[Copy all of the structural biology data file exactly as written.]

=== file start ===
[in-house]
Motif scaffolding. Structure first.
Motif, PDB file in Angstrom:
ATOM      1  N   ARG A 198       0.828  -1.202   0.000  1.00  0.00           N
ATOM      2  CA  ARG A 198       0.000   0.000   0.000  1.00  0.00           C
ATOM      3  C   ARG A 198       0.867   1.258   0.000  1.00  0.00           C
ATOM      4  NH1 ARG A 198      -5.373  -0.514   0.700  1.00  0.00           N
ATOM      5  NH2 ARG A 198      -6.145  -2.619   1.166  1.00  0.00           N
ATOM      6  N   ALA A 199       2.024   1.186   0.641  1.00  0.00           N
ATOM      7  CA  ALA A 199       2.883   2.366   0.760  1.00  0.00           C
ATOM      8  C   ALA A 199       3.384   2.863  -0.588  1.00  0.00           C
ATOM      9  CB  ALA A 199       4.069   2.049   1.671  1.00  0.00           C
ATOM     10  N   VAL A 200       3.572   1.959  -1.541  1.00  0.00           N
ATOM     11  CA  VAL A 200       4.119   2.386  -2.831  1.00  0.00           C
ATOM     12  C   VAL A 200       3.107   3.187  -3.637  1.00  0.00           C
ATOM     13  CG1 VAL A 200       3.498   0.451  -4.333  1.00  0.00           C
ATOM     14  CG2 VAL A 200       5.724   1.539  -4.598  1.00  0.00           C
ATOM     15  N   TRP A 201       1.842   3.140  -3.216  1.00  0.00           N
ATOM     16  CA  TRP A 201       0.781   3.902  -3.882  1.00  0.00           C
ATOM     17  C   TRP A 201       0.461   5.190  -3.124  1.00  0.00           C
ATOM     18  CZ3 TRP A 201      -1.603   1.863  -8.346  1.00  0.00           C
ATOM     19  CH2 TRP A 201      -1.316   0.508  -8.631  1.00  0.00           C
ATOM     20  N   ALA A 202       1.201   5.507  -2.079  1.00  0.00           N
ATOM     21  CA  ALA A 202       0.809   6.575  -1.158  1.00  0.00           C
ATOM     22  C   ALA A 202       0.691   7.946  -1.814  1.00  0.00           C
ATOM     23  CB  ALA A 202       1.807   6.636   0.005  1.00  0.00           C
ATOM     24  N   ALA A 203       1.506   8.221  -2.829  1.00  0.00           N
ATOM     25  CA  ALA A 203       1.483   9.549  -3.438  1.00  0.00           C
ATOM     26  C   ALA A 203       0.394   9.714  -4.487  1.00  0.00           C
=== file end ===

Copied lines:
[in-house]
Motif scaffolding. Structure first.
Motif, PDB file in Angstrom:
ATOM      1  N   ARG A 198       0.828  -1.202   0.000  1.00  0.00           N
ATOM      2  CA  ARG A 198       0.000   0.000   0.000  1.00  0.00           C
ATOM      3  C   ARG A 198       0.867   1.258   0.000  1.00  0.00           C
ATOM      4  NH1 ARG A 198      -5.373  -0.514   0.700  1.00  0.00           N
ATOM      5  NH2 ARG A 198      -6.145  -2.619   1.166  1.00  0.00           N
ATOM      6  N   ALA A 199       2.024   1.186   0.641  1.00  0.00           N
ATOM      7  CA  ALA A 199       2.883   2.366   0.760  1.00  0.00           C
ATOM      8  C   ALA A 199       3.384   2.863  -0.588  1.00  0.00           C
ATOM      9  CB  ALA A 199       4.069   2.049   1.671  1.00  0.00           C
ATOM     10  N   VAL A 200       3.572   1.959  -1.541  1.00  0.00           N
ATOM     11  CA  VAL A 200       4.119   2.386  -2.831  1.00  0.00           C
ATOM     12  C   VAL A 200       3.107   3.187  -3.637  1.00  0.00           C
ATOM     13  CG1 VAL A 200       3.498   0.451  -4.333  1.00  0.00           C
ATOM     14  CG2 VAL A 200       5.724   1.539  -4.598  1.00  0.00           C
ATOM     15  N   TRP A 201       1.842   3.140  -3.216  1.00  0.00           N
ATOM     16  CA  TRP A 201       0.781   3.902  -3.882  1.00  0.00           C
ATOM     17  C   TRP A 201       0.461   5.190  -3.124  1.00  0.00           C
ATOM     18  CZ3 TRP A 201      -1.603   1.863  -8.346  1.00  0.00           C
ATOM     19  CH2 TRP A 201      -1.316   0.508  -8.631  1.00  0.00           C
ATOM     20  N   ALA A 202       1.201   5.507  -2.079  1.00  0.00           N
ATOM     21  CA  ALA A 202       0.809   6.575  -1.158  1.00  0.00           C
ATOM     22  C   ALA A 202       0.691   7.946  -1.814  1.00  0.00           C
ATOM     23  CB  ALA A 202       1.807   6.636   0.005  1.00  0.00           C
ATOM     24  N   ALA A 203       1.506   8.221  -2.829  1.00  0.00           N
ATOM     25  CA  ALA A 203       1.483   9.549  -3.438  1.00  0.00           C
ATOM     26  C   ALA A 203       0.394   9.714  -4.487  1.00  0.00           C